Pianist Igor Levit plays excruciating 20-hour Satie piece, to highlight artists’ plight during coronavirus pandemic
1 June 2020, 14:15 | Updated: 1 June 2020, 14:34
As the doors to many of the world’s best-loved concert halls remain closed, piano virtuoso Igor Levit dedicates a colossal Satie masterpiece to musicians who need it the most.
Since mid-March, iconic concert halls, theatres and classical music festivals have been forced to come to a halt, leaving the future and finances of many artists uncertain.
To highlight their plight, the German-Russian virtuoso live-streamed his rendition of Satie’s 1893 composition, titled Vexations (French for ‘agony’), from the B-sharp studio in Berlin via Twitter last Saturday (watch below).
Levit told The Guardian: “The sheer duration of over 20 hours of Vexations doesn’t feel like a nuisance or torture to me as the title would suggest, but rather a retreat of silence and humility, reflecting a feeling of resistance.
“My world and that of my colleagues has been a different one for many weeks now and will probably remain so for a long time. Vexations represents for me a silent scream.”
Describing his affinity to Satie’s work, Levit added: “It has always been a strong wish of mine to be able to perform Erik Satie’s Vexations. While it was written in the 19th century, this piece was revolutionary thanks to its atonal harmony.
“The few notes – a theme and two variations – fit on just one sheet. The repetitions heralded early on a future of aesthetic repetitiveness.”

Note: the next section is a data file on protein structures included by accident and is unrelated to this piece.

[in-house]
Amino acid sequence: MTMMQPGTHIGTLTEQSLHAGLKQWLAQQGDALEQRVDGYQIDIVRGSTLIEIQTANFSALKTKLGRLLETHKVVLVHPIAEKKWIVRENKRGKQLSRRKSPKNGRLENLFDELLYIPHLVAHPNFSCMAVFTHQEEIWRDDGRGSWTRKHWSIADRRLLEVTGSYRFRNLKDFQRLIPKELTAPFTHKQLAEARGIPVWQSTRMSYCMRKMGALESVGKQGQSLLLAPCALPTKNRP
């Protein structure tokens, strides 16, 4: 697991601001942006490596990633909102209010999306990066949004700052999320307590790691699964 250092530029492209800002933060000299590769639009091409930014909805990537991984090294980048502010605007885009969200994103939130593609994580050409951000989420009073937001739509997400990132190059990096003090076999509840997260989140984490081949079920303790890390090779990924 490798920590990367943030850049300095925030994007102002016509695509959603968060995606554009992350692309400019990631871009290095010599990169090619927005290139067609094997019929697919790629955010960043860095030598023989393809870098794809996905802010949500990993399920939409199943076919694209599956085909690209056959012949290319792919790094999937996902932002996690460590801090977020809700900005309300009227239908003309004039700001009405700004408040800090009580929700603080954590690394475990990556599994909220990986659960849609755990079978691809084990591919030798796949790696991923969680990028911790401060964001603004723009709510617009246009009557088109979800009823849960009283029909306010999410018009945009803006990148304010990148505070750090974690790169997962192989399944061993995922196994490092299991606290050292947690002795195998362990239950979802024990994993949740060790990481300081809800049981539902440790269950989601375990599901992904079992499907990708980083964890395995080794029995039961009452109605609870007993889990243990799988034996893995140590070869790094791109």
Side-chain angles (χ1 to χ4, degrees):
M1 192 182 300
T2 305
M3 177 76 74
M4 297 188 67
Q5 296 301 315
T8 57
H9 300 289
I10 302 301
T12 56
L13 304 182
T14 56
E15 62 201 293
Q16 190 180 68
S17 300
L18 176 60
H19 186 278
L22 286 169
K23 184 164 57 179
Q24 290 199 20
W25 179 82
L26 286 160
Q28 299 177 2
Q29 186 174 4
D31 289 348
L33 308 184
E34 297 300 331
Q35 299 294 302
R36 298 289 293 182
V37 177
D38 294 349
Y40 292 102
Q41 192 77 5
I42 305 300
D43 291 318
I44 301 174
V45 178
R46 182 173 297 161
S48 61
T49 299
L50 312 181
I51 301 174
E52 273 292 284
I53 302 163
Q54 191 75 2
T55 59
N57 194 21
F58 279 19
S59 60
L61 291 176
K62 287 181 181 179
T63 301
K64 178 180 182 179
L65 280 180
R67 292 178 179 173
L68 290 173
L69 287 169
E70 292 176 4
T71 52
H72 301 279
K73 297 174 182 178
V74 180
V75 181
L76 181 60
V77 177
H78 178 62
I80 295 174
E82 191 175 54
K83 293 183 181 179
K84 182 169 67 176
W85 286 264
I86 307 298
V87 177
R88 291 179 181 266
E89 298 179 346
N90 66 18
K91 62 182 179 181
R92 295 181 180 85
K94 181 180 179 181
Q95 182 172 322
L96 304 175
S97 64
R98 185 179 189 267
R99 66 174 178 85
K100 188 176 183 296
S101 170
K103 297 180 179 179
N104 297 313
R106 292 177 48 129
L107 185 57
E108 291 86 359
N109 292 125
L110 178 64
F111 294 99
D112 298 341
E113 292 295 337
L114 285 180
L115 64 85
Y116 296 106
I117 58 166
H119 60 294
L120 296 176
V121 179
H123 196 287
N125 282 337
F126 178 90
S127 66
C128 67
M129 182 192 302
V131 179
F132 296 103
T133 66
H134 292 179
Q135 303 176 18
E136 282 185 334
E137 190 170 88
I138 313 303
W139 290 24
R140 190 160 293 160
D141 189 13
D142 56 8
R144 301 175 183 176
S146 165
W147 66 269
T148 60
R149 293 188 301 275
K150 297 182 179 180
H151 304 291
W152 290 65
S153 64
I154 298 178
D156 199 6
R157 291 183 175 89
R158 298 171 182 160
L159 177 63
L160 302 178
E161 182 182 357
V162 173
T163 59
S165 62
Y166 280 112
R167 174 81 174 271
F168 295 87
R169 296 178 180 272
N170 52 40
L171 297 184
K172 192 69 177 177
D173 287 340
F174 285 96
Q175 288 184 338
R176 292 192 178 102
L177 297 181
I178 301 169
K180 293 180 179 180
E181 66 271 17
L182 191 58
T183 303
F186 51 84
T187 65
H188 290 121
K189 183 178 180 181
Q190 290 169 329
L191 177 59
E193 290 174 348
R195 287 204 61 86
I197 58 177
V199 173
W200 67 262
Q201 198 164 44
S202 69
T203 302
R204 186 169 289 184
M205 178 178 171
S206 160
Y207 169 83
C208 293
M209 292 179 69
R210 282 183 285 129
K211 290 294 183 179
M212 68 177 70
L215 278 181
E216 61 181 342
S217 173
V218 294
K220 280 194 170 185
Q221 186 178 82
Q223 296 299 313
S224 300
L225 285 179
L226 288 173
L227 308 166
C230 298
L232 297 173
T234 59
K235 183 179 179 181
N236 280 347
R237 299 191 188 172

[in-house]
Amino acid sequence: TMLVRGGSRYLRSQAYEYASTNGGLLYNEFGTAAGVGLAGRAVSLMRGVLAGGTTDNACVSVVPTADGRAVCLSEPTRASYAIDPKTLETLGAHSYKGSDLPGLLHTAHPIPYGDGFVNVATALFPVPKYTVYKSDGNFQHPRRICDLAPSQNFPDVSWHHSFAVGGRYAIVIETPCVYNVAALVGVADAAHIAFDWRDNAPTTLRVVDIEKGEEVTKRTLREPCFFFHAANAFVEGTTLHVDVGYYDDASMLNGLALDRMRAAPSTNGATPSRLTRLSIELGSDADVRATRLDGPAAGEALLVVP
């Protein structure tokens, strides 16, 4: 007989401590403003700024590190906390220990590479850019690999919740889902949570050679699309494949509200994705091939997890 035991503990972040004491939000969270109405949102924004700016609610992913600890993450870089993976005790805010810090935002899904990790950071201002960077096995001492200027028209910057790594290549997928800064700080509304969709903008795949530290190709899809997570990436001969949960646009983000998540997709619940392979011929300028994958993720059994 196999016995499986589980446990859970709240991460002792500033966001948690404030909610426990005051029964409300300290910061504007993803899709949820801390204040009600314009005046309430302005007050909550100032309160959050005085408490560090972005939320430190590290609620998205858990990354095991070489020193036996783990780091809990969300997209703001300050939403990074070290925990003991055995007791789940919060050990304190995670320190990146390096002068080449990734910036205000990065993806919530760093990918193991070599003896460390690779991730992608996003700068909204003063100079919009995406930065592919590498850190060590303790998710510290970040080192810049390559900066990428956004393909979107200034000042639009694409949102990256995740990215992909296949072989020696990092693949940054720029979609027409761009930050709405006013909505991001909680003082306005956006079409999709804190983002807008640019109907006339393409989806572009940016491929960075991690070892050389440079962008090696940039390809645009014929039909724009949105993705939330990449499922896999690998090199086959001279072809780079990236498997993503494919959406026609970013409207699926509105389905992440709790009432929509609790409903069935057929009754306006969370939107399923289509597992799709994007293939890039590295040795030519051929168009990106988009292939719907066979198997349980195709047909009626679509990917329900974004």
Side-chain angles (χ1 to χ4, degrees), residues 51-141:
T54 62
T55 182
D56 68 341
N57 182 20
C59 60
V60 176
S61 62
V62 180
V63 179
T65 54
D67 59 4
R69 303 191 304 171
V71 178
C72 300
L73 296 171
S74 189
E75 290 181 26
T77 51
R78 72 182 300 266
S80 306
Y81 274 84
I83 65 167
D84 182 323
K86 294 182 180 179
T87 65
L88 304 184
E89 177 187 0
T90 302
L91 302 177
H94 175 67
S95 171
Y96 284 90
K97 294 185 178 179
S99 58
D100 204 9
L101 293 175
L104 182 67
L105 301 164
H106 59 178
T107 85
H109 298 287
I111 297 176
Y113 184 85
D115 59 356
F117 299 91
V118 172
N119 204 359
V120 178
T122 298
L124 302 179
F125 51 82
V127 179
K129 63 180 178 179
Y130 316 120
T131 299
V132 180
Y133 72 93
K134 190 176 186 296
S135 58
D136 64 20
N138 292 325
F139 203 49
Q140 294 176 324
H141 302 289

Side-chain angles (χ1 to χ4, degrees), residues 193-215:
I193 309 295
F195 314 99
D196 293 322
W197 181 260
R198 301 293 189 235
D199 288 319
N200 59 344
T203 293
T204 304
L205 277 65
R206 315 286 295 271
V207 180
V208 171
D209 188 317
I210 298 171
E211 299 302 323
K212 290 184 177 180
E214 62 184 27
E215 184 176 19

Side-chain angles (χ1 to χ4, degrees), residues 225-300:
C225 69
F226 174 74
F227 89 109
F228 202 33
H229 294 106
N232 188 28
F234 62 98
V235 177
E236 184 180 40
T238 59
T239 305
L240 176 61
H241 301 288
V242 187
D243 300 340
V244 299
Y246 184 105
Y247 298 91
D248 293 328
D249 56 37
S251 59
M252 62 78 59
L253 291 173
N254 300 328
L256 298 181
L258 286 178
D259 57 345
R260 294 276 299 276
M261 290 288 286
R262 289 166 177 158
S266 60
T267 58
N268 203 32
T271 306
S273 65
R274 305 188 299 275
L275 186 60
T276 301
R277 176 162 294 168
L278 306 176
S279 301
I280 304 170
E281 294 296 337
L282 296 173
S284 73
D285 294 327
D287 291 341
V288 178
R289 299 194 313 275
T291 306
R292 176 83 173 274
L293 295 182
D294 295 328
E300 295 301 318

The epic piano piece, which Satie wrote using enharmonic notation, also includes an inscription for the performer: “In order to play the theme 840 times in succession, it would be advisable to prepare oneself beforehand, and in the deepest silence, by serious immobilities.”
To ensure he stayed safe and supported during Saturday’s gruelling recital, a sound engineer and doctor were on hand to provide assistance to Levit (who is currently professor at Hanover University of Music), while other pianists occasionally stepped in to allow him to pause for food and bathroom breaks.
In a further show of solidarity for classical musicians, Levit kindly funded the virtual concert himself using the $300,000 granted to him in January 2018 for the Gilmore Artist Award.
Since going live at 2pm BST last weekend, his impressive performance has already received more than 143,000 views on Twitter alone and has inspired audiences from all corners of the globe – including other leading pianists such as Gabriela Montero:
Go on, dear Igor!❤️— Gabriela Montero (@monterogabriela) May 30, 2020
This performance is special because the length of this piece might not be feasible in a concert hall, but it becomes possible through the live stream format. Musicians are on to something with these quarantine live streams, especially as a venue for less conventional programming.— Ted Chaffman 🧢🎹 (@tedchaffman) June 1, 2020
An marathon to express the dire need of musicians, artists and all people who suffer from Corona and its consequences.— Roland Huettmann (@Golife108) May 30, 2020
In an interview with The New York Times on Sunday, Levit said: “I got so tired that literally my fingers stopped moving. Maybe a chord came a second late, but nobody died because of it. I’m OK with that; it’s part of the performance.”
Now, Levit is auctioning the 840 sheets of music he used during his performance to help raise money for out-of-work musicians during the COVID-19 outbreak.
Sublime work, from a great concert pianist.